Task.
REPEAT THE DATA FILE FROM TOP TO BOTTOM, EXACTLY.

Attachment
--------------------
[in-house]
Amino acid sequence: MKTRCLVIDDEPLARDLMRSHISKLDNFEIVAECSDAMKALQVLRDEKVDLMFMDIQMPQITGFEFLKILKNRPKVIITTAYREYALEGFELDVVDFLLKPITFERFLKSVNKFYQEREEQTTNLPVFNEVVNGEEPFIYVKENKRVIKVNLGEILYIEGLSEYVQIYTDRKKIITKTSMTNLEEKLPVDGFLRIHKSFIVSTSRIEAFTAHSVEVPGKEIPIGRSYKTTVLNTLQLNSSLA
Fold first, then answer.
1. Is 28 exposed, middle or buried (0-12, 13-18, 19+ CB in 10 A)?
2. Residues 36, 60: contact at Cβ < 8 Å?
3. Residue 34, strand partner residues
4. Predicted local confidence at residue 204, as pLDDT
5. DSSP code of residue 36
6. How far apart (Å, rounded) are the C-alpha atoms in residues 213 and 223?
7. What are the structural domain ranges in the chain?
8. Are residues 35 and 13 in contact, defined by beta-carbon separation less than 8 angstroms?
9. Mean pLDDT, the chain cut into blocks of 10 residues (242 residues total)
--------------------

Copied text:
[in-house]
Amino acid sequence: MKTRCLVIDDEPLARDLMRSHISKLDNFEIVAECSDAMKALQVLRDEKVDLMFMDIQMPQITGFEFLKILKNRPKVIITTAYREYALEGFELDVVDFLLKPITFERFLKSVNKFYQEREEQTTNLPVFNEVVNGEEPFIYVKENKRVIKVNLGEILYIEGLSEYVQIYTDRKKIITKTSMTNLEEKLPVDGFLRIHKSFIVSTSRIEAFTAHSVEVPGKEIPIGRSYKTTVLNTLQLNSSLA
Fold first, then answer.
1. Is 28 exposed, middle or buried (0-12, 13-18, 19+ CB in 10 A)?
2. Residues 36, 60: contact at Cβ < 8 Å?
3. Residue 34, strand partner residues
4. Predicted local confidence at residue 204, as pLDDT
5. DSSP code of residue 36
6. How far apart (Å, rounded) are the C-alpha atoms in residues 213 and 223?
7. What are the structural domain ranges in the chain?
8. Are residues 35 and 13 in contact, defined by beta-carbon separation less than 8 angstroms?
9. Mean pLDDT, the chain cut into blocks of 10 residues (242 residues total)